Kerala assembly chaos: How evidence against rampaging MLAs vanished and how SC brought it back

The case, which also involves V Sivankutty who is the current education minister in the state, was registered against a group of then LDF MLAs and others.

In the Supreme Court, while defending the Kerala legislators who had ravaged the Assembly on Budget Day in 2015, Kerala government's senior counsel Ranjit Kumar did the equivalent of making an elephant vanish from the stage.

The counsel used legal abracadabra to demonstrate that the biggest piece of evidence against the legislators, the video footage of them in destructive mode, was no evidence at all. But the Supreme Court bench of Justice Dhananjaya Y Chandrachud and M R Shah had a neutralising magic on offer. The judges used the very same legal abracadabra to turn Ranjit's arguments into ash.

Kerala's counsel first said that legislators enjoyed immunity for all that they said and did inside the Assembly. The immunity flows from Article 194(1) of the Constitution, which assures freedom of speech in the Legislature.

But his trick relied more on Clause 2 of Article 194. This clause says that no legal action could be initiated against an MLA (or MP) on the basis of any publication (in newspapers or television or radio) related to the proceedings of the House made with the approval of the House. In other words, if visuals of Assembly proceedings are aired with the Speaker's permission, anything shown in them could not be legally used against the legislator.

Speaker: Double-edged sword
Ranjit differentiated between two kinds of video footage used against the legislators, and why they cannot be used as evidence. The first was the video recording of the incidents that was procured by the investigating authorities from the Electronic Control Room of the House. The other was the footage of pandemonium aired by news channels.

The first, he said, belonged to the House and was secured by the investigators without the consent of the Speaker and, therefore, could not be legally admitted as evidence.

He used the reverse logic for the other type of evidence, visuals aired by news channels. He said they were recorded with the Speaker's consent and so, according to Clause 2 of Article 194, could not be used against his clients.

In 2002, Kerala Assembly issued instructions on Broadcasting and Telecasting of Governor’s Address and Assembly Proceedings under which Assembly proceedings could be broadcast after the Speaker grants consent for recording.

Both proofs, in effect, were non-existent. "Without the video recording, there is insufficient evidence available with the prosecution to succeed," he declared.

News channel violations trap MLAs
The Supreme Court but used the very same legal points to nullify the Kerala counsel's logic.

Take the footage of news channels. The Supreme Court said in ordinary cases if news channels had broadcast visuals of Assembly proceedings it would be with the sanction of the Speaker. Consequently, as the Kerala counsel argued, this would grant legislators immunity.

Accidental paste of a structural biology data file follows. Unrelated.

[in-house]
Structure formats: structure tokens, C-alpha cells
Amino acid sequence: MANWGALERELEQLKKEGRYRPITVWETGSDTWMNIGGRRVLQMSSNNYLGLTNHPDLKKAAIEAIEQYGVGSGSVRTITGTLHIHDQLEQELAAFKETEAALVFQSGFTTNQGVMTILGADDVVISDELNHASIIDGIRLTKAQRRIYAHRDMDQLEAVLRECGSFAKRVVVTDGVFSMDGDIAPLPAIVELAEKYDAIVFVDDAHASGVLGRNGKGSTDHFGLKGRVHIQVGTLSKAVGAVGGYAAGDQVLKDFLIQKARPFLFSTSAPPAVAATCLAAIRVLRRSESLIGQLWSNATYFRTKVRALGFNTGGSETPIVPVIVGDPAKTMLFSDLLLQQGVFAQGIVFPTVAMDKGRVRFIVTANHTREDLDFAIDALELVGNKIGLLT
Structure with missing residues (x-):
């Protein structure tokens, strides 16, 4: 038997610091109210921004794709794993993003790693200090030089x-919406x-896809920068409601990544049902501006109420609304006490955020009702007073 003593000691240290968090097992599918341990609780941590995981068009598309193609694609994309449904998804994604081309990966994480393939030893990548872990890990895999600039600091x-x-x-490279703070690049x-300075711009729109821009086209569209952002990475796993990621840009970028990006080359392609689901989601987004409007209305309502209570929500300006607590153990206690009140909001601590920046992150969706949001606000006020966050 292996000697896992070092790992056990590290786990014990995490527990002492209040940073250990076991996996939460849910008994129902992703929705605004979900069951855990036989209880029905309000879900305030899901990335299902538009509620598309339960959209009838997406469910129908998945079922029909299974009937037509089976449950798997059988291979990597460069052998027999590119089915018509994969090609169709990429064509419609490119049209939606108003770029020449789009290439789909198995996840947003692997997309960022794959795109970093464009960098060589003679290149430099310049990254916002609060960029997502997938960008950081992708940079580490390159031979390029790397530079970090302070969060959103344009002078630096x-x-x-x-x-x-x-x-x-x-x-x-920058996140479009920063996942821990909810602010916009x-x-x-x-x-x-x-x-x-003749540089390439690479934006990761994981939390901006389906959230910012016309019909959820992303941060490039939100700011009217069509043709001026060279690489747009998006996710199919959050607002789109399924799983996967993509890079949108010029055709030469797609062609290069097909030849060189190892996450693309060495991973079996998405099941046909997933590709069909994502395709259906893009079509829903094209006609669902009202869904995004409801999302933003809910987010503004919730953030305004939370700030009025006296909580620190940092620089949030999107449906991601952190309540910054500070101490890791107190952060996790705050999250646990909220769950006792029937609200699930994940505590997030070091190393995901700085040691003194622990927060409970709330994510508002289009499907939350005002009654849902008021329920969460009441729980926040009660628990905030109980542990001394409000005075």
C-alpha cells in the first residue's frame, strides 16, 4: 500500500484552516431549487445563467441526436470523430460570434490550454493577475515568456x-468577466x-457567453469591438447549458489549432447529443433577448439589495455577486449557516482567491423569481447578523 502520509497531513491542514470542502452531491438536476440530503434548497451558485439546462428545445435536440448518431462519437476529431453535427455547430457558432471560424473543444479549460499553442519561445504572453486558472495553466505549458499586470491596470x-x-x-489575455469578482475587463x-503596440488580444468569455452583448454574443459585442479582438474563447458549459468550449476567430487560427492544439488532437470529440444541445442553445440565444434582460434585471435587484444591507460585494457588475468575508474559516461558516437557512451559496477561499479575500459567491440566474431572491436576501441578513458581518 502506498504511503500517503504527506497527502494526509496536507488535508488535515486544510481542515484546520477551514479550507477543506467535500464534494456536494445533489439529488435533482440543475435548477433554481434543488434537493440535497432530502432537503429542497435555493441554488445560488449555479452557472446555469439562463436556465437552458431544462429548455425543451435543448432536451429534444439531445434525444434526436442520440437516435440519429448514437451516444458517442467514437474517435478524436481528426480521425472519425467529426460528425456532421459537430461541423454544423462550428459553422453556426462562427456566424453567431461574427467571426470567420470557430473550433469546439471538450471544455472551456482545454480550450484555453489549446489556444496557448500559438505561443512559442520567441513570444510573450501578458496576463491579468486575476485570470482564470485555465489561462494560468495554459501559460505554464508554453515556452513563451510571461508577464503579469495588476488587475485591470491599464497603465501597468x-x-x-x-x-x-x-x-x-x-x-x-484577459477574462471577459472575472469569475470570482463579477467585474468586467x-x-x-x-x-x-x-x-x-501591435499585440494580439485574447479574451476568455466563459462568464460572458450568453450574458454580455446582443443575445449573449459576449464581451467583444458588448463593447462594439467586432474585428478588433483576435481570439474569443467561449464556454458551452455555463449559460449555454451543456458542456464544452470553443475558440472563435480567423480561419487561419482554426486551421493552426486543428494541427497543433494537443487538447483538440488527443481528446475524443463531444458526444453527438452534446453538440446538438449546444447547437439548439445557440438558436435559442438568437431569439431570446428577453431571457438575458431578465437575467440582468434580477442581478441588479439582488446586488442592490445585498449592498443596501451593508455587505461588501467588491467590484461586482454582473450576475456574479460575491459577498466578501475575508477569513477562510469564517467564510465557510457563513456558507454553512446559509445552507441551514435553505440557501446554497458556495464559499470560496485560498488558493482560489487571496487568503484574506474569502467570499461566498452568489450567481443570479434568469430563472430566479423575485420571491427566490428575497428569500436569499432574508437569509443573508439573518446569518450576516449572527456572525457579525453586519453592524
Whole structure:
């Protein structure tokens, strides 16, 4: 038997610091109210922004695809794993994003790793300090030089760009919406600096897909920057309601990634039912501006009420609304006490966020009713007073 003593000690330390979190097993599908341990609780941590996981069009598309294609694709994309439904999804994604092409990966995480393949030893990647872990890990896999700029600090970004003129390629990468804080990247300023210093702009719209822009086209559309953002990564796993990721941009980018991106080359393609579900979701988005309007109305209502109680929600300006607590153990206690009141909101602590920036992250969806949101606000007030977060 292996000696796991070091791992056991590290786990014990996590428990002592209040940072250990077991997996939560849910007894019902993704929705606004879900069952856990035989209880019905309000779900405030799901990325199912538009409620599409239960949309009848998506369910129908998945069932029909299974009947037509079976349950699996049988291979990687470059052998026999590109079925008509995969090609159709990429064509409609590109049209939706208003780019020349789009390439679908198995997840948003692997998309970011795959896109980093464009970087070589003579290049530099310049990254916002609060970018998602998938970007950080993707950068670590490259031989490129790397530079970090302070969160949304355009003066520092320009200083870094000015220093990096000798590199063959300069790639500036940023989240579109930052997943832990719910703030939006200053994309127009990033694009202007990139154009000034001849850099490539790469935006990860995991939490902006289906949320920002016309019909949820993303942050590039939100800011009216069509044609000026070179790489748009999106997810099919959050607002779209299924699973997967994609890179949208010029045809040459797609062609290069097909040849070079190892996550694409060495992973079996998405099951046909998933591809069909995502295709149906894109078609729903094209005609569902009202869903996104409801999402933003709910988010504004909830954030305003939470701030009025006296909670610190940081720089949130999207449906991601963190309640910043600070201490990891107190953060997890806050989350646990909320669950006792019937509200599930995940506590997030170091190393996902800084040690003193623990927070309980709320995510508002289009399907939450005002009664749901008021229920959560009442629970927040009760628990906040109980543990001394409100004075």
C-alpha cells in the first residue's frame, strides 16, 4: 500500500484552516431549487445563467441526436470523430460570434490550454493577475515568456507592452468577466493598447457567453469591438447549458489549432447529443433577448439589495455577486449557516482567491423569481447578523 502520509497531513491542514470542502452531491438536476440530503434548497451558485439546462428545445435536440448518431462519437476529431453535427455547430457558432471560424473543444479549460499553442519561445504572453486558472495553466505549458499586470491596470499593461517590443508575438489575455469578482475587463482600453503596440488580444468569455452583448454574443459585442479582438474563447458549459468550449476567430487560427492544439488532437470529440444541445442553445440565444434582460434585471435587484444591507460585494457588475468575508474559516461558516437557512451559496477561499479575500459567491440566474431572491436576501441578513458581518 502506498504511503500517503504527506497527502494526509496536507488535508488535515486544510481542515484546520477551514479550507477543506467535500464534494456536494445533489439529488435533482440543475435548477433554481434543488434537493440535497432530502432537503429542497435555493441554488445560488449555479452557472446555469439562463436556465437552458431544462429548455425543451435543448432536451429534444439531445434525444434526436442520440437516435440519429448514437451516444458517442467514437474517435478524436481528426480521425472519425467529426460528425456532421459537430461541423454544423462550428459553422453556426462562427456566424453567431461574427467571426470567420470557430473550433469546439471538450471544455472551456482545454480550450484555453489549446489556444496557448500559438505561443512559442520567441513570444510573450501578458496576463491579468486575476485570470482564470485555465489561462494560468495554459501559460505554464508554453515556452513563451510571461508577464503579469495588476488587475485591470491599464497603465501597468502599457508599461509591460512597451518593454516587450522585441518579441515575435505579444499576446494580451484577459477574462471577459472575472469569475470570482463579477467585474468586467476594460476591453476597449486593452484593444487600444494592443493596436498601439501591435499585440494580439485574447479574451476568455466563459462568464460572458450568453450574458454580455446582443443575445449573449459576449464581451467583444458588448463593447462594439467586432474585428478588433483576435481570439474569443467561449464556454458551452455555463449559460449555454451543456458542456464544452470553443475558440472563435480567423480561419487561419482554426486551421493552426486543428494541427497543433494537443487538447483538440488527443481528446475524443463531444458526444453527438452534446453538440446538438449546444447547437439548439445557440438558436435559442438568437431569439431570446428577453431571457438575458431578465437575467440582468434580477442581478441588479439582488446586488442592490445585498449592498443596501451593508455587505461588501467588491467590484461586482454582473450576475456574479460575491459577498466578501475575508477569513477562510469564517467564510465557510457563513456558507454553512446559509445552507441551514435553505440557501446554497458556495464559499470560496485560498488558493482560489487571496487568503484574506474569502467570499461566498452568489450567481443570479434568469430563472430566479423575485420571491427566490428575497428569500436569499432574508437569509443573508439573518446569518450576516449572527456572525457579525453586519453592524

But there is a catch. "Clause 7 of the 2002 Instructions denies permission to record any interruption/disorder during the address," the Supreme Court order said.

Kerala Assebly
Left leaders vandalising the speaker's dais. File/Manorama

Here is what Clause 7 says: "Cameras should not record any interruption/disorder or walkout during the Address. In case of any such eventuality the cameras shall be focussed only on the dignitary."

Evidently, on March 13, 2015, when LDF legislators went berserk inside the Assembly, channels permitted to record Budget Day proceedings neither stopped recording nor focussed their cameras on any dignitary. This minor violation of news channels, interestingly, deprived legislators of their immunity.

The Supreme Court said this recording, because it violated the 2002 Instructions, was not a recording ‘under the authority of the House’. "When the recording of such an incident is itself without authority, the publication/broadcasting of it would also have no authority of the House," the court order said.

Since these publications did not have the authority of the House, the court ruled that it did not provide legislators any immunity.

Other side of the argument
In the case of the second type of evidence, the footage secured from the Electronic Control Room of the Assembly, the argument employed by the Kerala counsel was flipped to put the legislators in the dock.

The Kerala counsel argued that this footage was secured without the Speaker's consent and so lacked certification under Section 65B of the Indian Evidence Act 1872. The Supreme Court said that since the Speaker had not given his consent, the in-House footage was not broadcast, "or in other words, published, for dissemination to the public."

Only published footage, and not anything kept idle, gave legislators immunity. "Since it was not a 'publication of the House', it does not enjoy the protection of immunity under Article 194(2) of the Constitution," the Supreme Court ruled.

Differently put, investigators can take action on the basis of this footage.

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